In the 18th Century, Britain was invaded by gray rats, a much larger species than black rats.  The creatures, the size of small cats, would "gnaw the hands and feet of little children".  London was full of gray rats which later inhabited the sewer system and found their way into people's houses.

Professional rat catchers, hired to kill the beasts, used trained ferrets and hounds to kill them.  Another way to catch the rats was to lure them with "toasted cheese or bacon or fried liver or tallow or oatmeal" laced with arsenic (

Jack Black, the rat catcher for Queen Victoria, would trap rather than kill the rats.  He would sell the rats to gamblers who put on rat fighting exhibitions, a popular sport at the time.  Rat fighting was a misnomer:  it was really rat chasing.  The rats were released to awaiting dogs to determine which hound could kill the most rodents.  Some dogs could kill a rat every 2.7 seconds (

While the pay for catching rats was decent compared to that of other lower class jobs, the hazards were great:  rat catchers were bitten frequently.  Rats were notorious carriers of disease including the Black Plague.  Despite the hazards, rat catchers persevered.

Rat catching was not just reserved for the Victorian era.  I googled rat catchers and discovered that it is an ongoing profession, only they are now called "pest control technicians.  Rat infestations still exist in year 2016.  The rodents multiply at a rapid rate:  two rats can become 1,000 in the short space of a year

Tuesday, 26 April 2016

The Shoe Black Brigades

With Victorian London's streets full of horse manure, pedestrians shoes became very dirty fast.  With the support of the Ragged Schools, a shoe black brigade was formed in 1851.  Organizers thought that shoe shining was a relatively safe way (compared to chimney sweeping) to earn money.  Their savings could later be used to immigrate to America. Shoe blacks, situated on the Strand, Piccadilly, Regent Street and Holborn, could earn 8s 6d per week.

In 1851, the London Shoe Black Brigade was formed.  A licence cost 5 shillings per year.  With The Great Exhibition fast approaching, organizers saw it as a chance for shoe blacks to shine -- literally -- the shoes of foreign visitors.  During the six month exhibition, 25 shoe blacks shined 101,000 pairs of shoes for a total of 500 pounds.  Five of the boys used their money to immigrate to America.  At its peak, a dozen brigades were operating, each with its own distinct uniform.

Monday, 25 April 2016

Gentlemen Behaving Badly

"Clubs and gaming houses were patronised by the social elite, politicians and royalty." 

Bath to London was like Atlantic City to New York City.  Both cities, located two hours away, were vacation resorts which offered gambling.  Both locations used to attract an elite crowd.

Gambling dates back a full millenium according to one blogger.  Early gamblers used to use sheep knuckle bones as dice.  Gambling was taken to the next level in Britain when the country's elite began to see it as a sport.  "Clubs and gaming houses were patronised by the social elite, politicians and royalty."  British royalty was in the habit of visiting spas for health reasons.  With an extravagant amount of money, they looked for ways to spend it.  Gambling was one such pastime.  Casinos opened in resorts such as Bath, Cheltenham, Leamington, Tunbridge Wells and Brighton.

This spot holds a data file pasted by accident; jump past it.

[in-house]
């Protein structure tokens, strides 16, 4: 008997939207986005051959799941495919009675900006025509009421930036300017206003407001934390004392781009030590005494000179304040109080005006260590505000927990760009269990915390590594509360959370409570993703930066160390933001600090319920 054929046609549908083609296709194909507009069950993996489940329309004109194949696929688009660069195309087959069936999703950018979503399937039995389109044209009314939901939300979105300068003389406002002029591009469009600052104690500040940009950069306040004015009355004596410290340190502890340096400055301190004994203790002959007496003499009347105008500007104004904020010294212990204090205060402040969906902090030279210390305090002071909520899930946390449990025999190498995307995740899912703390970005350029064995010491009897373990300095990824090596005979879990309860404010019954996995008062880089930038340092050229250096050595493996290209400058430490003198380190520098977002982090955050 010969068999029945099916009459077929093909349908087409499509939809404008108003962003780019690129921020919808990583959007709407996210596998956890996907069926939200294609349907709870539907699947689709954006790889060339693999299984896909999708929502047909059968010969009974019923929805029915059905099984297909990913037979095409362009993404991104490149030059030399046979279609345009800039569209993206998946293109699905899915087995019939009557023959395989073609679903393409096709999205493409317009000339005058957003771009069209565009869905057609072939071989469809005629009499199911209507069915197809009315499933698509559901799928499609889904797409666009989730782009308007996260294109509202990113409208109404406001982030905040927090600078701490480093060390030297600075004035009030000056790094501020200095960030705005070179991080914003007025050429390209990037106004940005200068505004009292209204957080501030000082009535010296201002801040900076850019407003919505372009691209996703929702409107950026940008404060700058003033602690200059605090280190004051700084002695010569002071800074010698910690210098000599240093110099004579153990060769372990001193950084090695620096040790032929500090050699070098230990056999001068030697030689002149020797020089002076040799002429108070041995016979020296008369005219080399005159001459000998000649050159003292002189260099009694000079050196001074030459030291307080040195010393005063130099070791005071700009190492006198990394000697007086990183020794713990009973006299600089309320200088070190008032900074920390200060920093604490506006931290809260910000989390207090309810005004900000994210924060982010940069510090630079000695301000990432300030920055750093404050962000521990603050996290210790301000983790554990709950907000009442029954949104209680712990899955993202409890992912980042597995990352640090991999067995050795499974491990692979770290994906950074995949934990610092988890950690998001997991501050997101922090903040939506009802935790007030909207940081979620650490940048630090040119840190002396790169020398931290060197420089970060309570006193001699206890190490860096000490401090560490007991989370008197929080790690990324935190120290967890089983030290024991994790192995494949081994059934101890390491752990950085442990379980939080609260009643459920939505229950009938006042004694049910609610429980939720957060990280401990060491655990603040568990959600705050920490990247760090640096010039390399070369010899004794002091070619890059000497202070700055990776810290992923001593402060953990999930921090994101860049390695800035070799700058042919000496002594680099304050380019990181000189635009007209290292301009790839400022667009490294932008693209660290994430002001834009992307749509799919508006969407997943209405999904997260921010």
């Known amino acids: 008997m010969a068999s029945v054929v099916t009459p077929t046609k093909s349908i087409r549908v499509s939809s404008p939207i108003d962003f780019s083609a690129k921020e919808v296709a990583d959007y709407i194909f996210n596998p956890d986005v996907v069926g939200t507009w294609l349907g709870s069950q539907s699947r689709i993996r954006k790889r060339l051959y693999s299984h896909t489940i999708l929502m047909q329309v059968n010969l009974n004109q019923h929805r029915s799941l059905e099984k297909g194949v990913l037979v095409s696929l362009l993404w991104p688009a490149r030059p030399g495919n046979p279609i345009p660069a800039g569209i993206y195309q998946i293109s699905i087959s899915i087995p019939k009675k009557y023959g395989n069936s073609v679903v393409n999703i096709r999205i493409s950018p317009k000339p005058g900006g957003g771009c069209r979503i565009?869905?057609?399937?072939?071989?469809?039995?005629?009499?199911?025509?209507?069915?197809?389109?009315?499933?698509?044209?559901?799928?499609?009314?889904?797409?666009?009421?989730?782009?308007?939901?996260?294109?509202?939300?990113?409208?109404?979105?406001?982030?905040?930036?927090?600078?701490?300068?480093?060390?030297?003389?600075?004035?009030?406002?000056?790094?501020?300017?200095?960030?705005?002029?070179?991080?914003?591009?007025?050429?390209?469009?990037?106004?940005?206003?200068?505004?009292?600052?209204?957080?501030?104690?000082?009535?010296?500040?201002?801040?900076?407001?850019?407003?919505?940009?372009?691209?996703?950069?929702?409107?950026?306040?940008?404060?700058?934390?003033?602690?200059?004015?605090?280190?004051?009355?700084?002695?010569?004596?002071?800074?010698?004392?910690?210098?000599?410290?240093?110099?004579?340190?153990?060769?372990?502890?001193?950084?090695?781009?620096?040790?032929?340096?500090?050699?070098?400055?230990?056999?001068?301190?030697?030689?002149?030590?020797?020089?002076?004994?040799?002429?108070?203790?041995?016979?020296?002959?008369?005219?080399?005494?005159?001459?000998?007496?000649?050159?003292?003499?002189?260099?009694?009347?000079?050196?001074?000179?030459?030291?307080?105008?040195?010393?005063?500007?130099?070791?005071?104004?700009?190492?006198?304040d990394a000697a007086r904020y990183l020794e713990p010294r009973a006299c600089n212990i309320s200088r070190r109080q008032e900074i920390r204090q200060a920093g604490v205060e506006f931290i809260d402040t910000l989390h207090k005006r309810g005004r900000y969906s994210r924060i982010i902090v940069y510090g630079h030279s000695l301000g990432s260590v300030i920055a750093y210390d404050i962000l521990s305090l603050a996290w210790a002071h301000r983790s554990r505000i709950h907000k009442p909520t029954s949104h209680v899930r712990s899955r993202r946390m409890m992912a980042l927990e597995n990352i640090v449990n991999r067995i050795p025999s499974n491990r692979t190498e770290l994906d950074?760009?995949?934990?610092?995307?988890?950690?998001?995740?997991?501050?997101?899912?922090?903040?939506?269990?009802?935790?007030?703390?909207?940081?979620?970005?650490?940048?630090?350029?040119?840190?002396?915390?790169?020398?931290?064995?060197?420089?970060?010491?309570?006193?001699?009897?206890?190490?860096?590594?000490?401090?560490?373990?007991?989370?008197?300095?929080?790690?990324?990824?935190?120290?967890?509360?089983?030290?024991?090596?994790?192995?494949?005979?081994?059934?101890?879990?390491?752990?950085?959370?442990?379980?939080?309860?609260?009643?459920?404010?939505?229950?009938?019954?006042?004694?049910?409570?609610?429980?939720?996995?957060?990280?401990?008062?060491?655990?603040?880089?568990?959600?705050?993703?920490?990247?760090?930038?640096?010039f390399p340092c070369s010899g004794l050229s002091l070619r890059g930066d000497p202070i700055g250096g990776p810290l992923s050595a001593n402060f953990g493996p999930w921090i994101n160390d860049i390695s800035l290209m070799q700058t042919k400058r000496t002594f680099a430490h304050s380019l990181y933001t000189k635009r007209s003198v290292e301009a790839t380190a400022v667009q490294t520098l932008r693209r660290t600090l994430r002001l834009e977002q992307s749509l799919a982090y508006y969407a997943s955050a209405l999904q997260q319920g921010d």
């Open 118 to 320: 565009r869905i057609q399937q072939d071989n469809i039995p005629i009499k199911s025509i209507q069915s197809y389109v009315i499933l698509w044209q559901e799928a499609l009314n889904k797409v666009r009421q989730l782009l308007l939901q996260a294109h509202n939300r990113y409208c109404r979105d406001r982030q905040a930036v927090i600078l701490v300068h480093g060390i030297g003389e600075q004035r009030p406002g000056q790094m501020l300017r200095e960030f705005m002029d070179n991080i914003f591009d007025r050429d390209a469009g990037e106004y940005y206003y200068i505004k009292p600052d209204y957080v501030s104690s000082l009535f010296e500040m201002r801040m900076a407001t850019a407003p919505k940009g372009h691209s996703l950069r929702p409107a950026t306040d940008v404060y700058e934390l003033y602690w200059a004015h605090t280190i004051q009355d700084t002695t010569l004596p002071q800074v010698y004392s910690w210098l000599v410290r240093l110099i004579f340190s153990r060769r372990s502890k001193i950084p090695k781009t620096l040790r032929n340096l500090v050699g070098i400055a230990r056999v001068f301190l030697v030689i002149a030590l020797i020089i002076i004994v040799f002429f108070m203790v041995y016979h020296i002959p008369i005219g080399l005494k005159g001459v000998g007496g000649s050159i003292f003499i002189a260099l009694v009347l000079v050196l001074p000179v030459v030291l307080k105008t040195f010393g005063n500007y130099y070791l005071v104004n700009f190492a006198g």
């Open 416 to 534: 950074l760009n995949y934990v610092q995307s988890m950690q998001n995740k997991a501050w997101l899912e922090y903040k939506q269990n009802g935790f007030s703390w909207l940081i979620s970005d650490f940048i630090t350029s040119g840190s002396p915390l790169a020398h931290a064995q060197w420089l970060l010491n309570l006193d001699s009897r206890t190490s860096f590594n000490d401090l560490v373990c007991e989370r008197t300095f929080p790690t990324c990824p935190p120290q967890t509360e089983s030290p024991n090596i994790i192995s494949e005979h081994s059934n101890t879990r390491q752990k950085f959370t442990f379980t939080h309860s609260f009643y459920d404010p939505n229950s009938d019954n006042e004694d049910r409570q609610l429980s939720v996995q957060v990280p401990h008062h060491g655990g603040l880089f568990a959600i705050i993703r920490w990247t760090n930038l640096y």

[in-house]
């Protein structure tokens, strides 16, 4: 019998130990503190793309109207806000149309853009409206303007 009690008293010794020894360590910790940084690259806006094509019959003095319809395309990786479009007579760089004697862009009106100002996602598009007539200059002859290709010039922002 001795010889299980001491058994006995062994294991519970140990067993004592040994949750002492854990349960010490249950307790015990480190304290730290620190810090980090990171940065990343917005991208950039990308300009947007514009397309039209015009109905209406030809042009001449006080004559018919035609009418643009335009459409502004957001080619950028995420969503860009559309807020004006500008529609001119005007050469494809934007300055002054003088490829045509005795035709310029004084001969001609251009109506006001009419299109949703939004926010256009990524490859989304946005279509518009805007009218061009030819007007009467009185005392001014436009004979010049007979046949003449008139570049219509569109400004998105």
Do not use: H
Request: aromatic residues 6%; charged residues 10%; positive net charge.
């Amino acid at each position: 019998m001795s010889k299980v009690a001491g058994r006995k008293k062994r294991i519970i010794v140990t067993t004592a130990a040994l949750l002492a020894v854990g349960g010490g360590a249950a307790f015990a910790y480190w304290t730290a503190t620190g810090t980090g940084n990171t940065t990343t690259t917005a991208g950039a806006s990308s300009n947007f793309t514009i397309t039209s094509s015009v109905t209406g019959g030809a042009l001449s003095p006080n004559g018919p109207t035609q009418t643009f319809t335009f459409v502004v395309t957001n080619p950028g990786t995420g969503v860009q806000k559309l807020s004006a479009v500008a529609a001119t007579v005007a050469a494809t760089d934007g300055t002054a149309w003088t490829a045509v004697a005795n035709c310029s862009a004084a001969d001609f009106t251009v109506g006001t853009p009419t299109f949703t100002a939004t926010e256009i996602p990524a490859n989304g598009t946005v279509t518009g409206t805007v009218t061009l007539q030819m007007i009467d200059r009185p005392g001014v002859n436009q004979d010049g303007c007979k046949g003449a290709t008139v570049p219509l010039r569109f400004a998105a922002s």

Antigambling laws in 1739 and 1745 tried to curb the gentlemen's activities.  A 20 pound fine was implemented for illegal gambling activities, which was to be donated to the local hospital in Bath.  However, the British gentlemen argued that they were in a private club and that public laws should not affect them.

Because Britain's lower classes were banned from the casinos, they found a venue for gambling in the London coffeehouses.  "Like Noah's ark, every kind of creature from every walk of life [frequented coffeehouses]." Thanks to British puritanism, intoxicants were forbidden at coffeehouses.  Conversation was encouraged and anyone could participate, regardless of their social status. Coffee house rules "forbade games of chance, such as cards and dice".   However, in reality, gambling did take place.  

Painting "Four Times of the Day" in front of Tom King's Coffee House courtesy

Sunday, 24 April 2016

The Commodity Culture of Victorian London

"The street-seller cries his goods at the head of a barrow; the enterprising tradesman distributes his goods at the door of his shop."  (Henry Mayhew, London Labour and the London Poor)

Imagine a newsboy hawking papers:  "Extra!  Extra!  Read all about it!"  That was how goods were sold in Victorian times, in the streets.  Street sellers would appeal to sound rather than sight.  Their targetted audience was London's working class.  Street-sellers appeared in the form of barkers, bill deliverers, bill stickers, sandwich board men and advertising van men.  

While the street sellers focussed on the working class, the shop owners set their sights on the middle class.  While most of the working class could not read, the middle class could.  Advertisers appealed to their sense of sight.  Street ads appeared on walls and in newspapers.  Early ads, in black in white, focussed on text.  In the later Victorian period, the ads contained colourful pictures.  

The Great Exhibition, the launching pad for many new products, set the tone for London advertising in the second half of the Victorian era.  On the pretty walkways of Hyde Park, visitors could gaze at pretty displays.  No longer was did entrepreneurs just focus on the product, but also on its presentation.  "The Great Exhibition represented the material world as an unchanging configuration of consumable objects." (Thomas Richards, The Commodity Culture of Victorian England)  Organizers of the event even printed a catalogue for the six month exhibition.

Note:  For more information, read The World for a Shilling;  How the Great Exhibition of 1851 Shaped a Nation by Michael Leapman at

Advertisement for Calvert's carbolic soap, a mild disinfectant soap used for household cleaning, 1899 (COPY 1/146 f.634)